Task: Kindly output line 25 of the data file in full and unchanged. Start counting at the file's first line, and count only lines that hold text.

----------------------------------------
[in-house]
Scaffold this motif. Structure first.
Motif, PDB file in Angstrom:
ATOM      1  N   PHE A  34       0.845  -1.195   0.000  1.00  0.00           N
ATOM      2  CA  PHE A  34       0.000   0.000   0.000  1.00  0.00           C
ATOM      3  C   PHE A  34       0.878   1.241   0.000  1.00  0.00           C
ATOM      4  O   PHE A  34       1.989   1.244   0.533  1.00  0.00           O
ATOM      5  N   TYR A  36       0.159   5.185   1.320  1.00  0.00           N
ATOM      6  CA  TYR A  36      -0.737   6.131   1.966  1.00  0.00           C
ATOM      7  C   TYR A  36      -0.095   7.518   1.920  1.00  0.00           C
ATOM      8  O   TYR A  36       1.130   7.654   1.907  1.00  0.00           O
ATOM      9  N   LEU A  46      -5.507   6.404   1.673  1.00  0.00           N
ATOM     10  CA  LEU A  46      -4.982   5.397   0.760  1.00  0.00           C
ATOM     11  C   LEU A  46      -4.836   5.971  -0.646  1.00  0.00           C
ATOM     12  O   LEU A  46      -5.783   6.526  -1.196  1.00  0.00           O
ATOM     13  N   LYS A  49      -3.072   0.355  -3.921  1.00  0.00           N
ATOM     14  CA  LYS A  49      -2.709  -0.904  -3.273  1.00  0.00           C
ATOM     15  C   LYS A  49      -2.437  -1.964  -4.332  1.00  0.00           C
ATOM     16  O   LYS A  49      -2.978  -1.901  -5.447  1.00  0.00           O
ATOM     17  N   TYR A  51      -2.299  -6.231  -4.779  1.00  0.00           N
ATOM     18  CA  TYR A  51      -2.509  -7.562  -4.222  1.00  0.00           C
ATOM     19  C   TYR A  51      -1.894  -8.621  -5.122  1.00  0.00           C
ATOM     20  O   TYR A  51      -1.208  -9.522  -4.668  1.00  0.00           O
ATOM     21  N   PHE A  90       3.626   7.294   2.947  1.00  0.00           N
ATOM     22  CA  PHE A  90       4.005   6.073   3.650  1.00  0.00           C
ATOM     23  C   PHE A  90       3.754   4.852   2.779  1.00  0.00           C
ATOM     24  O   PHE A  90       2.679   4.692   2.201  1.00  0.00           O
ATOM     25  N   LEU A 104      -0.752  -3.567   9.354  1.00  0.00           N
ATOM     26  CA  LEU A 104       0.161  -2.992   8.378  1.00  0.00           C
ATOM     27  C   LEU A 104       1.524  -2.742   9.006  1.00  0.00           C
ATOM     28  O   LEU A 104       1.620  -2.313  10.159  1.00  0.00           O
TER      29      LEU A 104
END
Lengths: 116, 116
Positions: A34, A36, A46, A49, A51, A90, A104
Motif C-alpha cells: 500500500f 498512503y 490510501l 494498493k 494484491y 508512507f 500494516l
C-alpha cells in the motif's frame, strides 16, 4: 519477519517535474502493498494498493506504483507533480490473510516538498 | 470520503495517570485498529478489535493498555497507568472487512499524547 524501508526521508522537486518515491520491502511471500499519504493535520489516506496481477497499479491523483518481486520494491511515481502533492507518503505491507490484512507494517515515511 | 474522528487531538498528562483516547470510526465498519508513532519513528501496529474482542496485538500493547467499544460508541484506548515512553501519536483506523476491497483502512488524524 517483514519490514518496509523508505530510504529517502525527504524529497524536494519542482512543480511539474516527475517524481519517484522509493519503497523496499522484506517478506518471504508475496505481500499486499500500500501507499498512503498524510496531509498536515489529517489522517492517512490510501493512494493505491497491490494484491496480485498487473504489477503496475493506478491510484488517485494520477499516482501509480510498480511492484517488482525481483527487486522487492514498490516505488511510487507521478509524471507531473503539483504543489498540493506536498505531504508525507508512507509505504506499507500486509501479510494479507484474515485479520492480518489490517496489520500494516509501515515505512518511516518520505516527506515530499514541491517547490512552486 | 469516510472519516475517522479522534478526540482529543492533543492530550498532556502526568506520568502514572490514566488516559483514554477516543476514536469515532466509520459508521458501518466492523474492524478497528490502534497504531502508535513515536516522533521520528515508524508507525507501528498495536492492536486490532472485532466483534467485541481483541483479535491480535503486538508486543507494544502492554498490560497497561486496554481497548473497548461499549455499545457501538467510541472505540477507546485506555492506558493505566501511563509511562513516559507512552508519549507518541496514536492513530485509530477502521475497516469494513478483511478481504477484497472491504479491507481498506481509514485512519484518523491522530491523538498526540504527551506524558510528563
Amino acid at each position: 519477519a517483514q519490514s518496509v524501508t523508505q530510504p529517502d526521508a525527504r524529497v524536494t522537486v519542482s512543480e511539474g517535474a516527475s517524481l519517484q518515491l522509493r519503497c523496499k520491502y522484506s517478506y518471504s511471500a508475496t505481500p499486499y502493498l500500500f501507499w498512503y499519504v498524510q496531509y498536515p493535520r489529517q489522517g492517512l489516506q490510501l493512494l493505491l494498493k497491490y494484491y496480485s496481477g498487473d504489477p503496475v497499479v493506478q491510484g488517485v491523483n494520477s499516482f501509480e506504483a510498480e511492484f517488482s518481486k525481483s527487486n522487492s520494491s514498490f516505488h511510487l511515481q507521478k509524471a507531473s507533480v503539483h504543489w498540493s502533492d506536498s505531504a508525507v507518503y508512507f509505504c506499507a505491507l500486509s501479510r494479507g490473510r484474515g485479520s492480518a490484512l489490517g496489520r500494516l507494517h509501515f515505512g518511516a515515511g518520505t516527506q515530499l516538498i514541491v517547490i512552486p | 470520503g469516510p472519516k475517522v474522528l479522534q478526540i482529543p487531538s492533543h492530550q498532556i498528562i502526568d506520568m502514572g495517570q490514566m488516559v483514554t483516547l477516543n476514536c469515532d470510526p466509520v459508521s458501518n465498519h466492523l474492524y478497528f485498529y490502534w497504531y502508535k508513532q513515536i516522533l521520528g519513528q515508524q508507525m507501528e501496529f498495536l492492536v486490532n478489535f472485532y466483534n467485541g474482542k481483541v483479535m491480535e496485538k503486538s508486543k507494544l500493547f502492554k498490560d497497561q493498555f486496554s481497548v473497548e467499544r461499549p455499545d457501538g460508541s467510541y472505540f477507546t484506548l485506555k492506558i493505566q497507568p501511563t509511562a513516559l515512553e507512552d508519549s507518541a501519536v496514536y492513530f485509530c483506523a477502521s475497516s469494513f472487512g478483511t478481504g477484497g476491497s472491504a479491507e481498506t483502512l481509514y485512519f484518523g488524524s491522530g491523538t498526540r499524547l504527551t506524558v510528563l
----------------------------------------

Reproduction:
ATOM     22  CA  PHE A  90       4.005   6.073   3.650  1.00  0.00           C